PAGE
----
All I got to do now is pitch it to Brian.

Hey, Tony, you sure you want us here?

Oh, absolutely.

I mean, Elaine, it's gonna help having you here because you know so much about kids.

And Alex and Bobby, because you guys are my closest friends.

And Jim becau... Did I invite you?

No. I thought it was an oversight.

Jim!

Tony, is something burning?

Lunch.

Whoa!

Uh-oh.

Wow, did you burn that all by yourself?

Yeah, from scratch.

I'm impressed. What was it?

Well, if I followed Elaine's recipe right... meat loaf.

Tony, I told you to cook it till it looked brown.

Yeah, but it was hard to see it through all that smoke.

Well, I think I can save it.

You know, I'm so excited about this, I can't sleep at night.

I mean, the last couple days, you know what I did?

What? Checked out schools in the area.

And I found an apartment down the hall with a bedroom.

And I mean, there's just so much to do.

Look at this guy.

Tony, just calm down. It's going to be terrific.

Oh, sure, that's easy for you to say.

All you had to do to get kids was give birth.

Gee, I feel so guilty I took the simple way out.

( Knocking )

That's him.

That's Brian.

You know, all of a sudden, I feel real strange doing this in front of a bunch of people, you know?

I mean, it's kind of personal.

Tony, what do you want us to do?

Could you wait in the other room?

Tony... the only other room is the bathroom.

I'd really appreciate it.

Well, what the heck.

Let's give it a try.

Yo! Jim, come on.

We're going to hide in the bathroom.

Okay, but I better warn you... I'm good at this.

One thousand one... one thousand...

No, no, Jim, Jim.

You're going to hide with us.

Okay, but you're making it a lot easier.

One thousand one...

( knocking )

Tony, I made it.

I found a couple... The Brennans...

And they're loaded.

What are you talking about?

I was at the Scarsdale playground when I met a kid.

He's staying with his aunt and uncle.

I got invited home for dinner, and now they want me to move in.

These people already said they're going to adopt you?

No, they just asked me to stay for a while but, once I'm there, they'll get used to having me around.

Have you checked this out with your foster parents?

Yeah. I even talked to my social worker.

The agency, too.

Believe me, this little waif is home free.

What's that?

Oh, that's some meat loaf I cooked us up for lunch.

I'm a vegetarian.

When did you become a vegetarian?

When I looked at this meat loaf.

( Horn honking )

That's the Brennans.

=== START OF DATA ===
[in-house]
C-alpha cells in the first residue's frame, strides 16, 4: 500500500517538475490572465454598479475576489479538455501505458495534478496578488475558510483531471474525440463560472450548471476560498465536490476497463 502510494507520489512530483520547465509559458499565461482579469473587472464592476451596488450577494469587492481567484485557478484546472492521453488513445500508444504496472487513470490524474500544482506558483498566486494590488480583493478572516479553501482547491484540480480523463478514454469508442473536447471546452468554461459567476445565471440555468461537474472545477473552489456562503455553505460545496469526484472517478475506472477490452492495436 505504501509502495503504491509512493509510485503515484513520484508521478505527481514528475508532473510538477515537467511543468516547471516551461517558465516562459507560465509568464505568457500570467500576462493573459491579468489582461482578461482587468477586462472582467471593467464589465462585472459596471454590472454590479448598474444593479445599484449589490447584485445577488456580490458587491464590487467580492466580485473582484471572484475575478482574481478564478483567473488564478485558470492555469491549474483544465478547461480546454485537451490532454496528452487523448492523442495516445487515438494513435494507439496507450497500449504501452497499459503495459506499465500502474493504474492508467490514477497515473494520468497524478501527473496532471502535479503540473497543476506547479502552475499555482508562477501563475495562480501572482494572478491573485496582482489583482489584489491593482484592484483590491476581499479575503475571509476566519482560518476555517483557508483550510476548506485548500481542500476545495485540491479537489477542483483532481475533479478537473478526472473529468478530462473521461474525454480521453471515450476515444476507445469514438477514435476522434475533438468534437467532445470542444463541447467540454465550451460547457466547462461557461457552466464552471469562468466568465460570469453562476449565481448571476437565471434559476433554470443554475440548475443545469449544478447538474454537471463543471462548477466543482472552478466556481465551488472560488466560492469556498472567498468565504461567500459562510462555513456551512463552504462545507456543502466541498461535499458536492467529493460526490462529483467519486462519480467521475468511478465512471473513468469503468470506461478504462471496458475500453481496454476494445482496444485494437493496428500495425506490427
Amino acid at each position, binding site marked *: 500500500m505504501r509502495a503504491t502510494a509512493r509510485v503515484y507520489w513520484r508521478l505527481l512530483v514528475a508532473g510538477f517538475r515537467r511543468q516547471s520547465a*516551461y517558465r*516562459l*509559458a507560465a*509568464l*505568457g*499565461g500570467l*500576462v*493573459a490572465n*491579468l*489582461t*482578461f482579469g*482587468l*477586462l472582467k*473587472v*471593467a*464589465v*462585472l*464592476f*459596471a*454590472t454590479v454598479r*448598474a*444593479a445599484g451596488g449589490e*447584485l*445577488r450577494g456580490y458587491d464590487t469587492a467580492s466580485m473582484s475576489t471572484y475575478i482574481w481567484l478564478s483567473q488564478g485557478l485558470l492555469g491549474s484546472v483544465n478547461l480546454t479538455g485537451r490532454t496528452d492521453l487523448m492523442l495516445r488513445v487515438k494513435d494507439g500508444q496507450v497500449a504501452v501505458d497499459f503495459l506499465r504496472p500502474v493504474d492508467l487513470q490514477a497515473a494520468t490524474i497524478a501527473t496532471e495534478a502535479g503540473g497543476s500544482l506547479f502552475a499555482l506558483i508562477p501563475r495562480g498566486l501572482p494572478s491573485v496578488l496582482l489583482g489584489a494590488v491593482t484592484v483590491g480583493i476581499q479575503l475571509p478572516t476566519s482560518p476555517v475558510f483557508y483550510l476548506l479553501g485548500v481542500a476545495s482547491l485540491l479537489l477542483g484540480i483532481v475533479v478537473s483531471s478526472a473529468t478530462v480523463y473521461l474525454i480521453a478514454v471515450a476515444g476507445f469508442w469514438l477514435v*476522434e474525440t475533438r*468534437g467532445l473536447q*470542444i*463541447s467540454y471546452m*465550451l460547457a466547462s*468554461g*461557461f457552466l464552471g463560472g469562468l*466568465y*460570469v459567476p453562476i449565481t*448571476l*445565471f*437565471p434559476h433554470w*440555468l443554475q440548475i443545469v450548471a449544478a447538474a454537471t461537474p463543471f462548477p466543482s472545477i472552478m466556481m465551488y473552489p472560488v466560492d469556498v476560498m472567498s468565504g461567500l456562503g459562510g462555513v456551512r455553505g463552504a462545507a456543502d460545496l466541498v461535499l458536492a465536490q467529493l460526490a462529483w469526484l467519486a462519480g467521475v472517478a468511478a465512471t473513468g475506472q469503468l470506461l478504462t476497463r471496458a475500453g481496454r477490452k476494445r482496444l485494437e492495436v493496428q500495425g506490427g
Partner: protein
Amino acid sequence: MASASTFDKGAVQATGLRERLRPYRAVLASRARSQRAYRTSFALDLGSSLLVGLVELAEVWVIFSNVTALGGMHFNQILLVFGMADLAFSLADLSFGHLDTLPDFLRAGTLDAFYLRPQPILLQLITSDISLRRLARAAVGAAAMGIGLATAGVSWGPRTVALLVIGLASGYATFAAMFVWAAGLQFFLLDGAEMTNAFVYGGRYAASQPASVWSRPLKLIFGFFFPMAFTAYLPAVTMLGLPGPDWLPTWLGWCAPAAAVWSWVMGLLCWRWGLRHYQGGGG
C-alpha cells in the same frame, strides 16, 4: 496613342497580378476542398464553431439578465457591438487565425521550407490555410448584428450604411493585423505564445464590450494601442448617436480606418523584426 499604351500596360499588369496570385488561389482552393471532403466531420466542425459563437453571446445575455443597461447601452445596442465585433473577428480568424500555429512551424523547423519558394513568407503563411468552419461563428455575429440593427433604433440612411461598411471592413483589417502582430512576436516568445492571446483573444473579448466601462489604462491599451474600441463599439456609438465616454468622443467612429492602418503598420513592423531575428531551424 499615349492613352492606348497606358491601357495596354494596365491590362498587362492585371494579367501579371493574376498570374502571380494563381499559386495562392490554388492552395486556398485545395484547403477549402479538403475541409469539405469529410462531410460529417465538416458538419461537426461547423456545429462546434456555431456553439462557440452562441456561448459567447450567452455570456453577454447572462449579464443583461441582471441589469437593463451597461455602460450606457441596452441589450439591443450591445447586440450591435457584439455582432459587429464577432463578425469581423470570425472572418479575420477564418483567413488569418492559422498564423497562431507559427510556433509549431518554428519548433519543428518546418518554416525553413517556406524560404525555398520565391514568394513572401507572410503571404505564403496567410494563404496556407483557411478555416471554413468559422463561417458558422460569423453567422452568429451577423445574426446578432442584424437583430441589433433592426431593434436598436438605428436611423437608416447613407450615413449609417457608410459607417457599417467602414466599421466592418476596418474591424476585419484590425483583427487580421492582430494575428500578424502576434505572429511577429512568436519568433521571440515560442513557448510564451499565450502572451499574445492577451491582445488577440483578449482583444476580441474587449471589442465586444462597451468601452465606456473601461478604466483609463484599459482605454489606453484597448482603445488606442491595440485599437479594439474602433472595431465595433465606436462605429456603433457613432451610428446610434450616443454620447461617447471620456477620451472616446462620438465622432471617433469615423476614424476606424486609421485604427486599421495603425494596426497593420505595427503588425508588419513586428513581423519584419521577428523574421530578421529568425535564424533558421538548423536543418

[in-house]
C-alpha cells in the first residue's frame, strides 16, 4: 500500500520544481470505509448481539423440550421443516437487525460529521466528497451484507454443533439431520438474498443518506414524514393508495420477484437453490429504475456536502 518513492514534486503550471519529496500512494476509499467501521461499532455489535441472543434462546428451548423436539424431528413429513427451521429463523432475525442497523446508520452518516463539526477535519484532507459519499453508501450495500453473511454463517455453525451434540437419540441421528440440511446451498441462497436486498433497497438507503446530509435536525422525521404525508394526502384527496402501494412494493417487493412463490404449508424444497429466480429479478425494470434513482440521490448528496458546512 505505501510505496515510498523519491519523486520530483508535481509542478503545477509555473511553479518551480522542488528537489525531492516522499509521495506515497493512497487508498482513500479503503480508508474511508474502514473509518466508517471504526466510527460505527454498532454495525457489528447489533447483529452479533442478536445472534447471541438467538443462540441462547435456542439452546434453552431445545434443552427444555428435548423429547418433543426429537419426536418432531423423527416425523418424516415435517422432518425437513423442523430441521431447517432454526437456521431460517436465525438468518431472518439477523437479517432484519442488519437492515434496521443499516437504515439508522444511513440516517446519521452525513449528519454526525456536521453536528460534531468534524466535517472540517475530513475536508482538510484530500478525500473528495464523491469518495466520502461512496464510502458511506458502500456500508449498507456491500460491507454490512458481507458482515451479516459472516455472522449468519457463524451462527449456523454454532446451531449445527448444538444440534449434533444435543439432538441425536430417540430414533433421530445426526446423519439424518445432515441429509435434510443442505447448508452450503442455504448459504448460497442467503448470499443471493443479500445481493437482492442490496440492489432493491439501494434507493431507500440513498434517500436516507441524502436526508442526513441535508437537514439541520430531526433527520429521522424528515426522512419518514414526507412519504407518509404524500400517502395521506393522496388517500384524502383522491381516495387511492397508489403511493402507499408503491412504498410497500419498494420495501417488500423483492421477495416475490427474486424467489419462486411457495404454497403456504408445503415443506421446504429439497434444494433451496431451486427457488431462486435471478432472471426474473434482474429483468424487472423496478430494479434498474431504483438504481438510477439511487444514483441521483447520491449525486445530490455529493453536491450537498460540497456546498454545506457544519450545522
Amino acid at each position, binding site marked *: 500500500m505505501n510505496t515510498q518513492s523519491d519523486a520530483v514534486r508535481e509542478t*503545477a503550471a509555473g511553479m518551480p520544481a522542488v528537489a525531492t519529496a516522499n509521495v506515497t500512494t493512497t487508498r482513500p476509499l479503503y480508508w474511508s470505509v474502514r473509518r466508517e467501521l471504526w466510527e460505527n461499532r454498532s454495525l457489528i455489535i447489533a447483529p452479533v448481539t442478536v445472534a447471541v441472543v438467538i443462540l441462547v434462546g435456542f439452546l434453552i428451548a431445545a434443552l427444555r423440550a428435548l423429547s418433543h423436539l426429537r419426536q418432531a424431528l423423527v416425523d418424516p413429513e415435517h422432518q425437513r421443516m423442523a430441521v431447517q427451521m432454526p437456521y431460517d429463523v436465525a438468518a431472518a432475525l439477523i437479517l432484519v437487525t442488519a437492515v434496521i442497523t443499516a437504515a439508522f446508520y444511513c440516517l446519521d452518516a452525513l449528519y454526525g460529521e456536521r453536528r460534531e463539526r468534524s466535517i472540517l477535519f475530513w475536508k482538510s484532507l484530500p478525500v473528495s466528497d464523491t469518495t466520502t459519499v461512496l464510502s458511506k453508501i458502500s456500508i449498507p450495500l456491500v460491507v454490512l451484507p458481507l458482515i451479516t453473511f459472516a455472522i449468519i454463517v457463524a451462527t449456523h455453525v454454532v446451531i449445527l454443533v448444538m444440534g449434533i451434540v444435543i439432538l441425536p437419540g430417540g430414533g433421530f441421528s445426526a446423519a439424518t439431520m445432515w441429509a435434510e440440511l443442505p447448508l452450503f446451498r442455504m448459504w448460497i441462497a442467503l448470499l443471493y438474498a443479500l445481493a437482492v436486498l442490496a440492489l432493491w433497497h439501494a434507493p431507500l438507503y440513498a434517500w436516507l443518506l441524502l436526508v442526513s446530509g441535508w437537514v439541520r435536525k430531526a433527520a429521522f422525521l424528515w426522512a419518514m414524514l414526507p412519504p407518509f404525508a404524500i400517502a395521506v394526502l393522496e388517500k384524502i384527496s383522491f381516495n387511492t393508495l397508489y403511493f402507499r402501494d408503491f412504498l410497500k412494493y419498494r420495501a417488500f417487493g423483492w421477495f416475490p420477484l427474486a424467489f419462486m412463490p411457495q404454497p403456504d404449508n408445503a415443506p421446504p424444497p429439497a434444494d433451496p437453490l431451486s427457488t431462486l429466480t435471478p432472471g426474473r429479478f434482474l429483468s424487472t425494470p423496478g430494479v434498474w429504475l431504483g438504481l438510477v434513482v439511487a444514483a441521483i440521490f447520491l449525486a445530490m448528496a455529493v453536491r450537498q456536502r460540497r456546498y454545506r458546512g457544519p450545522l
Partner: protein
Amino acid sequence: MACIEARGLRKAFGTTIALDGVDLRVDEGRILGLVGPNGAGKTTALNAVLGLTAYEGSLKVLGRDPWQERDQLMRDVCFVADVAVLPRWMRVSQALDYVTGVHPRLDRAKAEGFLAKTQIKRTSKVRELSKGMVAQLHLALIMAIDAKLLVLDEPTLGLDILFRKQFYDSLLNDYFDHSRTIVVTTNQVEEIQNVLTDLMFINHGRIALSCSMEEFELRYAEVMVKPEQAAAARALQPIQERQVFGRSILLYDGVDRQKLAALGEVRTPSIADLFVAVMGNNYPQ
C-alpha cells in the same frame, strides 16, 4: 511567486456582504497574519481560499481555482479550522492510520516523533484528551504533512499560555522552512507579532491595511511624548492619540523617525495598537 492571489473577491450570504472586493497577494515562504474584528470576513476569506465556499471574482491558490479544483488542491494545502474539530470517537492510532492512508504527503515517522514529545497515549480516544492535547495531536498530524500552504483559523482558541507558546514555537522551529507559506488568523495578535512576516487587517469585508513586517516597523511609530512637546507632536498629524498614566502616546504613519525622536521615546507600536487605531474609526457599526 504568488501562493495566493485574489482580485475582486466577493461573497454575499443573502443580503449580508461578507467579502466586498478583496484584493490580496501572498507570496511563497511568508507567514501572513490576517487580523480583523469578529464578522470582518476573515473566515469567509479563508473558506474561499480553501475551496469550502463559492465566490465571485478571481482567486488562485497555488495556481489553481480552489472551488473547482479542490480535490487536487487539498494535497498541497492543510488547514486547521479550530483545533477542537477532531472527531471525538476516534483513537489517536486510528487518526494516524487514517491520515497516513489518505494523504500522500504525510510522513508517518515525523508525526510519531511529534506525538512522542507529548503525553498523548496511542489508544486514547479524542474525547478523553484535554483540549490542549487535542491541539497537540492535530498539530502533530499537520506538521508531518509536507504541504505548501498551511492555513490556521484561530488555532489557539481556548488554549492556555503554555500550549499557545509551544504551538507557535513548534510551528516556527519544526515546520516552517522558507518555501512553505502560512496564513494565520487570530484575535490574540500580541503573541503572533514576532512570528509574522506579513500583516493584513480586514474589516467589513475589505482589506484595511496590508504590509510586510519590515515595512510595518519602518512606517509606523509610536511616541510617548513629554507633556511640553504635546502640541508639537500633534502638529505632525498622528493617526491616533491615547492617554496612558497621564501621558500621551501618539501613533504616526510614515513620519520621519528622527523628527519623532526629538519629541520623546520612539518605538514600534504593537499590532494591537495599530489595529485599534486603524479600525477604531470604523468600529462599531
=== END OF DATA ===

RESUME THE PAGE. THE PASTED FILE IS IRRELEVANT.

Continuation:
They're waiting downstairs for me.

I got to go.

Hey, Brian, are you sure this is it?

This is what you want?

Close enough.

Hey, Brian, maybe somebody will come along who wants to adopt you...

Somebody even better than the Brennans.

You mean Princess Grace answered my letter?

Oh... what I mean is...

Brian, are you sure the Brennans are it?

I mean, is your mind made up?

I know a good deal when I see it.

( Clinking )

Tony, I think there's someone in your bathroom.

Oh, yeah, that's Alex, Elaine, Bobby and Jim.

They had to freshen up.

Oh, yeah.

You told me they do everything together.

See you.

ALL: Bye, Brian.

Well, I got to split.

See you.

Hey.

Come on, Tony.

We're still friends.

We can still go to the games together, and I'll treat from now on.

Yeah, sure, why... you know. Sure.

See you.

( Door closes )

We heard, Tony.

Oh, I'm sorry.

I can't believe Brian would do that to you, man.

Oh, just forget it. You know, kids are impulsive.

They change their minds all the time. Really You don't know Brian.

Oh, Tony, are you okay?

Yeah, I'm all right.

Hey, if you guys don't mind, I'd like to be alone for a little while.

Yeah, okay. We understand. Let's go.

Sure. We understand.

Listen. Call me, you know?

See you, Tony.

Bye.

Ready or not, here I come!

Don't help me.

Here you go.

Hey, what a night you had.

You're getting the hang of this, huh, Banta?

Hey, Louie, if you don't mind, I'd like to drive the day shift, too.

Hey, uh, Tony... want to take a break and have a cup of coffee?

Nah. I want to hit the streets, man.

What are you trying to prove, huh?

Nothing. I'm just trying to make some extra money.

Tony, you're not going to win Brian back by hustling more fares, you know.

You cannot compete financially with the Brennans.

I'm not competing.